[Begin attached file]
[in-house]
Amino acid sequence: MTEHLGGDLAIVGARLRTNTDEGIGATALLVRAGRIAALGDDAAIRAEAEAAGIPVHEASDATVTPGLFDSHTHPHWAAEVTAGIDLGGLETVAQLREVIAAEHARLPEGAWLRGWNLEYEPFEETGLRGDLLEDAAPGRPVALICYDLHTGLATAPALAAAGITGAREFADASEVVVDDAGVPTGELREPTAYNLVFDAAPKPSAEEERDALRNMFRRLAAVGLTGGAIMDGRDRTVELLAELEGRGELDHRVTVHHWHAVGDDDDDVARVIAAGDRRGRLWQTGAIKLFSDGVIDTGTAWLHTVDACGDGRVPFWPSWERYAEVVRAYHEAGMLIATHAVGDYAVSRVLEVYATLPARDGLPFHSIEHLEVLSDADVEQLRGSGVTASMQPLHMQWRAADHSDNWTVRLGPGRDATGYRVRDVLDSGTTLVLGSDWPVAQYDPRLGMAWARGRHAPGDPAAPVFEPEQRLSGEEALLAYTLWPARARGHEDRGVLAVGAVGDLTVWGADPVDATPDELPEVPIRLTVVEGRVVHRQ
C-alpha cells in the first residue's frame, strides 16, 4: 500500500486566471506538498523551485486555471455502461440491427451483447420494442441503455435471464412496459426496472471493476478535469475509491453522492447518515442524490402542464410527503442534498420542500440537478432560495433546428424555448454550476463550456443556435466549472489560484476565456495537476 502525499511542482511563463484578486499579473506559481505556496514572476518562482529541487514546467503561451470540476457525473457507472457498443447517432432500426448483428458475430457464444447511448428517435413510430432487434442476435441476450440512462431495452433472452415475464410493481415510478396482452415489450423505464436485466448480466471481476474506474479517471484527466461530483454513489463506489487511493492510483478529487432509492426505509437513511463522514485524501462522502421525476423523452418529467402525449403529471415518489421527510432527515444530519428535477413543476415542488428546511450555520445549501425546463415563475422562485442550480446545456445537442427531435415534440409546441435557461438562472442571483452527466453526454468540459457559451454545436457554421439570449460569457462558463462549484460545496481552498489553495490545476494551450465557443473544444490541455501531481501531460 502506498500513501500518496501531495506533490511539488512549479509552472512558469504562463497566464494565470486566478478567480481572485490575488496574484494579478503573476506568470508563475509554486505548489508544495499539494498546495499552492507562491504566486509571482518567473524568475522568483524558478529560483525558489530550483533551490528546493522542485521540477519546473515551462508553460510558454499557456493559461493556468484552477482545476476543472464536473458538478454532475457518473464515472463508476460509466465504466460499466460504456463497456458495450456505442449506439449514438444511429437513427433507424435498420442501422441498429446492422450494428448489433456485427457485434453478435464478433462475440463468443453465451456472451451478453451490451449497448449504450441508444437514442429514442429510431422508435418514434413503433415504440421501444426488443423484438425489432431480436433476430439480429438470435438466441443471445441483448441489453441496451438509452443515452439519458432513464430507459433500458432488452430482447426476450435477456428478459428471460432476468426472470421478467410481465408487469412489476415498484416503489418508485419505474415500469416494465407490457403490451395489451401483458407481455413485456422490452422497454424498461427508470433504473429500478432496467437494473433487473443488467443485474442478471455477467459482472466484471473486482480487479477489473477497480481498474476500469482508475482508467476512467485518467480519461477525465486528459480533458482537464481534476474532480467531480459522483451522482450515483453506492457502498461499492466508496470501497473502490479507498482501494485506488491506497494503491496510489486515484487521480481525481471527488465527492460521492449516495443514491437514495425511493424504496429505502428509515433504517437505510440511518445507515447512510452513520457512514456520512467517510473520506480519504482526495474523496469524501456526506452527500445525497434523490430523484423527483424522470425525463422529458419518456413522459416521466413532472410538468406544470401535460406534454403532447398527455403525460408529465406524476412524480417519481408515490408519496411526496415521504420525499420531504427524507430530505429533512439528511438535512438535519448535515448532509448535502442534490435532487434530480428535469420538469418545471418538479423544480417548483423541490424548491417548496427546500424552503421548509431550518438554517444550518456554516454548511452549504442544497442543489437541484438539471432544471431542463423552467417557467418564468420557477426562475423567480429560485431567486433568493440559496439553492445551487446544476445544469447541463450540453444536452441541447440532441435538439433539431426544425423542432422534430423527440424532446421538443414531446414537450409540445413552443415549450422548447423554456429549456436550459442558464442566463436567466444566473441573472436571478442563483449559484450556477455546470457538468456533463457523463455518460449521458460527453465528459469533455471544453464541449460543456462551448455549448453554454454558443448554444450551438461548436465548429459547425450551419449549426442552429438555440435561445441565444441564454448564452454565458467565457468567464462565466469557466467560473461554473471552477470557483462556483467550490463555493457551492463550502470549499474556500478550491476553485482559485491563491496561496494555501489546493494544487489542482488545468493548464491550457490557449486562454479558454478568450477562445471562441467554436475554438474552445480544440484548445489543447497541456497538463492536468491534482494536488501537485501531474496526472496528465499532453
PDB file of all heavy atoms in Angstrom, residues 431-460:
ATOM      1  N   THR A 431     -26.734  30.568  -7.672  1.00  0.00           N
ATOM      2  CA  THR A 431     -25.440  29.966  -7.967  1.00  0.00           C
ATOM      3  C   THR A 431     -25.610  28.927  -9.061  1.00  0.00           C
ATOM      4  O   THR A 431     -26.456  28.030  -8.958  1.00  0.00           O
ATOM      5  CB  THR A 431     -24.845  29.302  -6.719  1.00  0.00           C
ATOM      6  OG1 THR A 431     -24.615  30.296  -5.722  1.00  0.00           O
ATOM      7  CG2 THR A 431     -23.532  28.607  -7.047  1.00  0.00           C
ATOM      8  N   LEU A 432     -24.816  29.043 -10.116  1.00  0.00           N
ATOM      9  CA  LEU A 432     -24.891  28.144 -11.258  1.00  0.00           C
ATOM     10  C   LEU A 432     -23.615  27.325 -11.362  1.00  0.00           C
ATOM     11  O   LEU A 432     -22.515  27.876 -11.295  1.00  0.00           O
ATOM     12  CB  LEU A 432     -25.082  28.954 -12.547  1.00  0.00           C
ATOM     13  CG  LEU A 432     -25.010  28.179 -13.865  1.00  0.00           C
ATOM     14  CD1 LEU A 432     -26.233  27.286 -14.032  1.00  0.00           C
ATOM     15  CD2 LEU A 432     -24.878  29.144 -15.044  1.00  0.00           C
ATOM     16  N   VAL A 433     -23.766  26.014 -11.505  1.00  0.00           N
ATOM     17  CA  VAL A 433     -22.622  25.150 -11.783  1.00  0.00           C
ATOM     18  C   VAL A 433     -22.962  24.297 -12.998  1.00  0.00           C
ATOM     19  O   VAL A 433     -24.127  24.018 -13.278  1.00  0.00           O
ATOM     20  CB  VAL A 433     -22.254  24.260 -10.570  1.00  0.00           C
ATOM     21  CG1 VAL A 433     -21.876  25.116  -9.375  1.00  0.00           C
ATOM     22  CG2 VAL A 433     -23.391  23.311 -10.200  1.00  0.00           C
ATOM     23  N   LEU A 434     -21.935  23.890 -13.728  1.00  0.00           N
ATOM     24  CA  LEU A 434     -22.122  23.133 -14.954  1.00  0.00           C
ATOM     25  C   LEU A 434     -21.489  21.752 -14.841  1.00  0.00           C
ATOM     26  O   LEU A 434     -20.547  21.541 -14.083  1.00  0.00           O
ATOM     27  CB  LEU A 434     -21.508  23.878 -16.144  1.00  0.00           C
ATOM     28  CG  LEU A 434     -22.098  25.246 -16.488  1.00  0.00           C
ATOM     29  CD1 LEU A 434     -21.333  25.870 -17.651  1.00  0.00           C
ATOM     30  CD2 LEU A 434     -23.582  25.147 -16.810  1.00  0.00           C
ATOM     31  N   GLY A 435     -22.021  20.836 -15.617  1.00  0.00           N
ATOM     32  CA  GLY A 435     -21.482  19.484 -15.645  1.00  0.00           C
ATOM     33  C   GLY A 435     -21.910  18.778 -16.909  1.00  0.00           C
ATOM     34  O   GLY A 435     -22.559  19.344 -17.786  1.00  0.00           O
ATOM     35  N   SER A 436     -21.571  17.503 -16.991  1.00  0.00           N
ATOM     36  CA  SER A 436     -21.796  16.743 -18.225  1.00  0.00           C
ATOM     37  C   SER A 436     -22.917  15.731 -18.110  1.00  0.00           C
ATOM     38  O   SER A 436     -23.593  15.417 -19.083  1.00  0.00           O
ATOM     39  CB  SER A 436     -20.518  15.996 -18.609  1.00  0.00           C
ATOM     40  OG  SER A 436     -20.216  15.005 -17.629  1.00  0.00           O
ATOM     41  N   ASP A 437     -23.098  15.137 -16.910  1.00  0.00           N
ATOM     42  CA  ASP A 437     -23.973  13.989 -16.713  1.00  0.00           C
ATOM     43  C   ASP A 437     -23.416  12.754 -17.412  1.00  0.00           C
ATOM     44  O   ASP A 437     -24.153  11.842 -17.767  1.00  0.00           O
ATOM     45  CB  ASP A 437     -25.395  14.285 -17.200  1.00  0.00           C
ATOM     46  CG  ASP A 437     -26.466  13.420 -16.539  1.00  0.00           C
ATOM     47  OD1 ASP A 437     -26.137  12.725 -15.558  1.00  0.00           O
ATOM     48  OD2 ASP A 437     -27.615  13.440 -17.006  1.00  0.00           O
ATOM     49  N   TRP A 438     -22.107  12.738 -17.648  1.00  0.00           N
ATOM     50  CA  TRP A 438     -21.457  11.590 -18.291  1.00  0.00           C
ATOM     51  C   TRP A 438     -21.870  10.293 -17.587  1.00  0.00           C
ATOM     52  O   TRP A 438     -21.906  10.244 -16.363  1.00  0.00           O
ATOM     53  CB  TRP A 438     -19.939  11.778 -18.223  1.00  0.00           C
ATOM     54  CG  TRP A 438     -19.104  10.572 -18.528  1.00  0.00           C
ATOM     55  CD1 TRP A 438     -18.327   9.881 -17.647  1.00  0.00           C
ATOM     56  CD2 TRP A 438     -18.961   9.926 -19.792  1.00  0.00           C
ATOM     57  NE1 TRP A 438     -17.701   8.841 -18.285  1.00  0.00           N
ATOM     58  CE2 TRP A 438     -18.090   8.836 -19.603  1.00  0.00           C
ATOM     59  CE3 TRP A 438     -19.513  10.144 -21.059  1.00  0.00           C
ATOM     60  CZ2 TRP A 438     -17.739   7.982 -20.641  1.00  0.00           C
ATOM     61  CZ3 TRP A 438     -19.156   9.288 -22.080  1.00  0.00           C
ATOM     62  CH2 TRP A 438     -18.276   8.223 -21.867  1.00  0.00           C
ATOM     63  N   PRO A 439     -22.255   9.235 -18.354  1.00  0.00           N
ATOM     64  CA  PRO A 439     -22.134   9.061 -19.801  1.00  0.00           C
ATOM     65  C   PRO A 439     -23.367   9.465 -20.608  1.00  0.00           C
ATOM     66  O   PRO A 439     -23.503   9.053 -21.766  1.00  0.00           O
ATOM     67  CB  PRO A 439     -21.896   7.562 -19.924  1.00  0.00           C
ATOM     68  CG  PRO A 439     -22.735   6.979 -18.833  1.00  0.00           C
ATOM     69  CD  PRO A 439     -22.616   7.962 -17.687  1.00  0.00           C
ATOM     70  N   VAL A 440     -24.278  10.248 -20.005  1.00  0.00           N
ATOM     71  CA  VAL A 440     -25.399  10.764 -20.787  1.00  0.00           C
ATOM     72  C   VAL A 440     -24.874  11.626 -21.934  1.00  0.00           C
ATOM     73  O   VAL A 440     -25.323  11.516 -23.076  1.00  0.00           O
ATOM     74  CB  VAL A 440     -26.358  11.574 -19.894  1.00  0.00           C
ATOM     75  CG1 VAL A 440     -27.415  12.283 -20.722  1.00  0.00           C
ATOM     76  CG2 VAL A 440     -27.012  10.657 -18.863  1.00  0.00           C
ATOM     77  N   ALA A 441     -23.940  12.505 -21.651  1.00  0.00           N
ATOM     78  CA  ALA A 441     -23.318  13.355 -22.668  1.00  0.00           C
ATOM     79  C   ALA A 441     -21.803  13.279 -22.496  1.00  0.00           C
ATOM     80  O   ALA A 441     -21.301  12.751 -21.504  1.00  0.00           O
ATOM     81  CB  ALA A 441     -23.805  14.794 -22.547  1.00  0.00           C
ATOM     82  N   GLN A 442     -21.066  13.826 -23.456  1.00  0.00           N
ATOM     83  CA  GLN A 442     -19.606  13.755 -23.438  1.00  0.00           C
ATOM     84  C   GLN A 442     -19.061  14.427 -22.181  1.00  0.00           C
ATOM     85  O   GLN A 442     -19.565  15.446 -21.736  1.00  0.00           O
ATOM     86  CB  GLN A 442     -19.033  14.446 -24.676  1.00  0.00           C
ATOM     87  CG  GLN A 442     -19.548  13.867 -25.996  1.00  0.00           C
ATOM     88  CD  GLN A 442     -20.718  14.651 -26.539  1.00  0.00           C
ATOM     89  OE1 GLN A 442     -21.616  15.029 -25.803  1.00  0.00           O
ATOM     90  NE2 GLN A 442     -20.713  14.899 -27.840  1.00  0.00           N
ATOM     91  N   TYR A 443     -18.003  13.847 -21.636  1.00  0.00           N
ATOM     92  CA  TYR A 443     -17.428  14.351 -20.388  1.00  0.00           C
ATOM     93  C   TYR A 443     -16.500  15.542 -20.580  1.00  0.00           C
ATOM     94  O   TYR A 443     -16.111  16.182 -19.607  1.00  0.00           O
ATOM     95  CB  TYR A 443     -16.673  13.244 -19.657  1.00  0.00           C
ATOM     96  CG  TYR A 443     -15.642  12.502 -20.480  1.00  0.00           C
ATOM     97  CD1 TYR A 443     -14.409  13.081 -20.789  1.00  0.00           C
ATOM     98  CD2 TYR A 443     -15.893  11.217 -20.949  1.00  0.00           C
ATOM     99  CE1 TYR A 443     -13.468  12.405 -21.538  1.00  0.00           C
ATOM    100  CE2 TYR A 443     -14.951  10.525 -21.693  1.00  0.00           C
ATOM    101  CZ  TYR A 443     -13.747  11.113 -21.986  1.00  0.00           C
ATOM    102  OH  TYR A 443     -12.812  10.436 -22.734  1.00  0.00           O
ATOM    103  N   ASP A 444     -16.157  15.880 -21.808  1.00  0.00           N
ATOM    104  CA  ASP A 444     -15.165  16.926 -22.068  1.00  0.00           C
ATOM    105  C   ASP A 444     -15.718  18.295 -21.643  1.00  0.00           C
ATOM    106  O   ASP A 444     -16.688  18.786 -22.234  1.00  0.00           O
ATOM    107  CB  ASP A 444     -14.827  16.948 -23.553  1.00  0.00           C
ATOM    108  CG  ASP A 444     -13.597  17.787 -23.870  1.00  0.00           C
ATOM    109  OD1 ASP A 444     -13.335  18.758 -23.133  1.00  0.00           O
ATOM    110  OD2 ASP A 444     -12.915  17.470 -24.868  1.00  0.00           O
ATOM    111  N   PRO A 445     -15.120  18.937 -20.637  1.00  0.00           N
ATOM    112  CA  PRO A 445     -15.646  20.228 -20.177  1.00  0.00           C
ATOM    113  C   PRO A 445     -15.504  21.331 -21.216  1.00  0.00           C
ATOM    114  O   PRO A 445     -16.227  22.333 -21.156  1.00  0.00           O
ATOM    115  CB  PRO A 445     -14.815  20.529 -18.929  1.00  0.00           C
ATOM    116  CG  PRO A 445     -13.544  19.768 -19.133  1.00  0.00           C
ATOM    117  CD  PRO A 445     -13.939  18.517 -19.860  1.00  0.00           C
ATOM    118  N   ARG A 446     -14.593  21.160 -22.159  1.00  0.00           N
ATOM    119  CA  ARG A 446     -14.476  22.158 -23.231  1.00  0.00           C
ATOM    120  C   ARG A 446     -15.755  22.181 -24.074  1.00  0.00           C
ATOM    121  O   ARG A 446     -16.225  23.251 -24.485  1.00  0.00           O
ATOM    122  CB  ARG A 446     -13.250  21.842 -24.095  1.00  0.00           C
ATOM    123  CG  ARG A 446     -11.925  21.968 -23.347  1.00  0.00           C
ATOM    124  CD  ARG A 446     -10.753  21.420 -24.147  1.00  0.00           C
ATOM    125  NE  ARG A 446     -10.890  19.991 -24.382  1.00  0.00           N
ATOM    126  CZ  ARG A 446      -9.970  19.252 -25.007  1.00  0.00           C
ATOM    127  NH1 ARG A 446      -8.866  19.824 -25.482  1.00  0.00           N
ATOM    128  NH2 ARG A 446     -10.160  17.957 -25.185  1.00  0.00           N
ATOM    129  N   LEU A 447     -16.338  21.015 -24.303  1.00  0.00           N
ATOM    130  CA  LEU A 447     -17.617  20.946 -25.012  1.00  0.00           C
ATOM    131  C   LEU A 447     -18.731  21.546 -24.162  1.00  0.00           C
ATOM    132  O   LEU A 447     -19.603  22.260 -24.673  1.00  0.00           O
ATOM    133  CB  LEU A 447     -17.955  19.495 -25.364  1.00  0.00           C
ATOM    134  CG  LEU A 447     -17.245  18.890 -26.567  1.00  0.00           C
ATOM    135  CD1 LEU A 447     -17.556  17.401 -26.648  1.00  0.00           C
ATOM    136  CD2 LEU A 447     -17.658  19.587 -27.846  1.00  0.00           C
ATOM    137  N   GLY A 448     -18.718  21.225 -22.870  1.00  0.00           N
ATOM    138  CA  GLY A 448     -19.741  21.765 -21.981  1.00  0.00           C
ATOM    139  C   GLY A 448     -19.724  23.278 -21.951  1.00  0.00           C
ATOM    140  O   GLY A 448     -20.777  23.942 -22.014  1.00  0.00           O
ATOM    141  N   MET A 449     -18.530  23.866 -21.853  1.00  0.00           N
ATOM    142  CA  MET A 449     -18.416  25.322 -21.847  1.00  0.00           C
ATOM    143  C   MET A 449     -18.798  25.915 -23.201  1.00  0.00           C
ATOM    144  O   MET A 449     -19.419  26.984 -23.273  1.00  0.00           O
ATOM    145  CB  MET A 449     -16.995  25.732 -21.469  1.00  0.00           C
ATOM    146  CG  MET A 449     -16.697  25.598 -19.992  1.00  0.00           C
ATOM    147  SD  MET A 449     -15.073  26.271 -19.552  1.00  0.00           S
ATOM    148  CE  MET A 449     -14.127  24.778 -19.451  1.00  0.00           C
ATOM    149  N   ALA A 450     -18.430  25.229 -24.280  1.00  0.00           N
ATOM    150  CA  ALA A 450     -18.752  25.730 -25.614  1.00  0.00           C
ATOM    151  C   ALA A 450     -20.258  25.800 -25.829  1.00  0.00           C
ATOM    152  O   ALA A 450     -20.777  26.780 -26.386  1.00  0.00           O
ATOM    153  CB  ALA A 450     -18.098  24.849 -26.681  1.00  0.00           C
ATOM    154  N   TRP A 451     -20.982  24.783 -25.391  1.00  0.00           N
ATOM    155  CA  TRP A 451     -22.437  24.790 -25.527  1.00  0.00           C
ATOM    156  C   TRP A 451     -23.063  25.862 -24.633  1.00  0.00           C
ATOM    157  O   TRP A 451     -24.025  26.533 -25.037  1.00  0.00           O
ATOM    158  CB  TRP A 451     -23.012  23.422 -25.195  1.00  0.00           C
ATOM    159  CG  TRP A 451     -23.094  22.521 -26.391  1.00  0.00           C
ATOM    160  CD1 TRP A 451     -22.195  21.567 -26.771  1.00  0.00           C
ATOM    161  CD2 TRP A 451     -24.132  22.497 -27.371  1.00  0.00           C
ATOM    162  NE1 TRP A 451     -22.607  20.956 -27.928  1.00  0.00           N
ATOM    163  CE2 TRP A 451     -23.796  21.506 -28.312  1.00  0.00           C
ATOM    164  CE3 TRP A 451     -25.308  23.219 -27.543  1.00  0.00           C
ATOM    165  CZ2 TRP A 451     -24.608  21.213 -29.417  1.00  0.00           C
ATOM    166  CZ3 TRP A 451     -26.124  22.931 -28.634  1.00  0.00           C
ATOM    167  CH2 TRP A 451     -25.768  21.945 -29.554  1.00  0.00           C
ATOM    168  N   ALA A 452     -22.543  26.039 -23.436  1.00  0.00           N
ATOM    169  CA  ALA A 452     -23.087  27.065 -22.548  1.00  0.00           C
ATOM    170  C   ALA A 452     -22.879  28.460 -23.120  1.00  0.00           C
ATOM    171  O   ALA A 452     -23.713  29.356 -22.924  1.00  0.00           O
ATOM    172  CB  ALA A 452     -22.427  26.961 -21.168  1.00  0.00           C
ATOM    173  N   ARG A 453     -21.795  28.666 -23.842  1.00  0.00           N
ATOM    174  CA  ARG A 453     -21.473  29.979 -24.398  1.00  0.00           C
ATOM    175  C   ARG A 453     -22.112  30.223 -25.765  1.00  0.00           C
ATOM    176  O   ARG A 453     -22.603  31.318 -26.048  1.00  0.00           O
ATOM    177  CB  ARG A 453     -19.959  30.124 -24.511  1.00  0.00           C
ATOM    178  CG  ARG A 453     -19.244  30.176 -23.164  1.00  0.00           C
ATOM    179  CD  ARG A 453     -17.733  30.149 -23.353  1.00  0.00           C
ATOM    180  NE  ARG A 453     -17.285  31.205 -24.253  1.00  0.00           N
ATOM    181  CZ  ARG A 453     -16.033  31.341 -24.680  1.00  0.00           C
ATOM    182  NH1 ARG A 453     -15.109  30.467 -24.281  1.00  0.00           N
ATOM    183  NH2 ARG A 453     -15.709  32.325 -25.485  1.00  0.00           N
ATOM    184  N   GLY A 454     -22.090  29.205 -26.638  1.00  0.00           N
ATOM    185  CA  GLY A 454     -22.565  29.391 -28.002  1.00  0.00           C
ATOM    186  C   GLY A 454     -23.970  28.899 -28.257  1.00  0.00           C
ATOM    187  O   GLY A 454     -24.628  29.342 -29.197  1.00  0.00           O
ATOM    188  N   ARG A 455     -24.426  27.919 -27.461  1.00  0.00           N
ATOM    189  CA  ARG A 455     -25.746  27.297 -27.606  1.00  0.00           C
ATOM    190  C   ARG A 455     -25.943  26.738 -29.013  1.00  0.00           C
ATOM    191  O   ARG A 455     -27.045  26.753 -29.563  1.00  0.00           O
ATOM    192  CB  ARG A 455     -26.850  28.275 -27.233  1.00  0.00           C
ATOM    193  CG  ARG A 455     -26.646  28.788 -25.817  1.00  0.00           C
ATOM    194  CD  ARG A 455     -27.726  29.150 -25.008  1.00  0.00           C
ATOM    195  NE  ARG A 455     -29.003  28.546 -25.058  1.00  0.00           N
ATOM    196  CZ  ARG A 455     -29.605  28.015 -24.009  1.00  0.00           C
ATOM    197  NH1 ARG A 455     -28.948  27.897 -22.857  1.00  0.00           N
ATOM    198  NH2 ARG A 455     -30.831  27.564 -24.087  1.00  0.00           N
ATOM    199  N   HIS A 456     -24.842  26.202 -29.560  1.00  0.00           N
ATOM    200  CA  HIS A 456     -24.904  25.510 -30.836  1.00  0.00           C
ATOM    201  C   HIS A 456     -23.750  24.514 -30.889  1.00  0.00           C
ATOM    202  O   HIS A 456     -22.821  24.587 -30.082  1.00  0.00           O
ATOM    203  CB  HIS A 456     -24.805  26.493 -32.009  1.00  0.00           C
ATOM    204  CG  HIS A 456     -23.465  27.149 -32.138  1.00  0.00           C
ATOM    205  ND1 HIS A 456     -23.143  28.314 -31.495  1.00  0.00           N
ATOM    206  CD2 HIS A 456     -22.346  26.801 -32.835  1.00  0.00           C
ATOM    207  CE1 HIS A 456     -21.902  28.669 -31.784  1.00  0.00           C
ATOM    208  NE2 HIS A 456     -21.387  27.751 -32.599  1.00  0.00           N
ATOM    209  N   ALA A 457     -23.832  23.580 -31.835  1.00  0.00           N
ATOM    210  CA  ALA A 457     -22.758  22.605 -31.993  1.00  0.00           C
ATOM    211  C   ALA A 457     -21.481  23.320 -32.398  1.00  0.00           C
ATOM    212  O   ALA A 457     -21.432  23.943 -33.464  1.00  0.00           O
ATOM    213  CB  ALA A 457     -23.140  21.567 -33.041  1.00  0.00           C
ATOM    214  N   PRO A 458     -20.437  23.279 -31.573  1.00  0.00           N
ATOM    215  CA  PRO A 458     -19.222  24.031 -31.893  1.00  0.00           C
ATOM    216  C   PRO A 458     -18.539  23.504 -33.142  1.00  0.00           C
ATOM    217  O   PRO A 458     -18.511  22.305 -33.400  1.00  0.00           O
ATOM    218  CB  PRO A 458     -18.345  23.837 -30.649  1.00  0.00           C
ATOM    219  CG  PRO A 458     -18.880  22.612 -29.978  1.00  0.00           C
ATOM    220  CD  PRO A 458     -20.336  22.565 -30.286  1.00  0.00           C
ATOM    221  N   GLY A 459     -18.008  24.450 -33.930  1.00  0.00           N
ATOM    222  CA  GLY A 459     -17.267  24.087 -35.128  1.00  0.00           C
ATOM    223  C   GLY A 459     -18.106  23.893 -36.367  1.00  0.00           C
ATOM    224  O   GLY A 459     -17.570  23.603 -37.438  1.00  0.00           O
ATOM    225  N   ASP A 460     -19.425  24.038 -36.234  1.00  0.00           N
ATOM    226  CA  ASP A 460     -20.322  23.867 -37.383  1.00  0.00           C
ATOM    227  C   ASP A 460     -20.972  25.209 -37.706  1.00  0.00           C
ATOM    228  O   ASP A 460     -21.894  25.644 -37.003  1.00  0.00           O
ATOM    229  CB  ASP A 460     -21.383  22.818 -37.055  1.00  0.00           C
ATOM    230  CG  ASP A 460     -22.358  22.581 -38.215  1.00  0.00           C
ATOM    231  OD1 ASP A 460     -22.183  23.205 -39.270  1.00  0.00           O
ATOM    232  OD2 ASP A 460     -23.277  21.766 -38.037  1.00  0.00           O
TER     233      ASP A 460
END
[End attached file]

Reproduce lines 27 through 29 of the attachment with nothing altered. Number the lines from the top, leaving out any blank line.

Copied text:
ATOM     23  N   LEU A 434     -21.935  23.890 -13.728  1.00  0.00           N
ATOM     24  CA  LEU A 434     -22.122  23.133 -14.954  1.00  0.00           C
ATOM     25  C   LEU A 434     -21.489  21.752 -14.841  1.00  0.00           C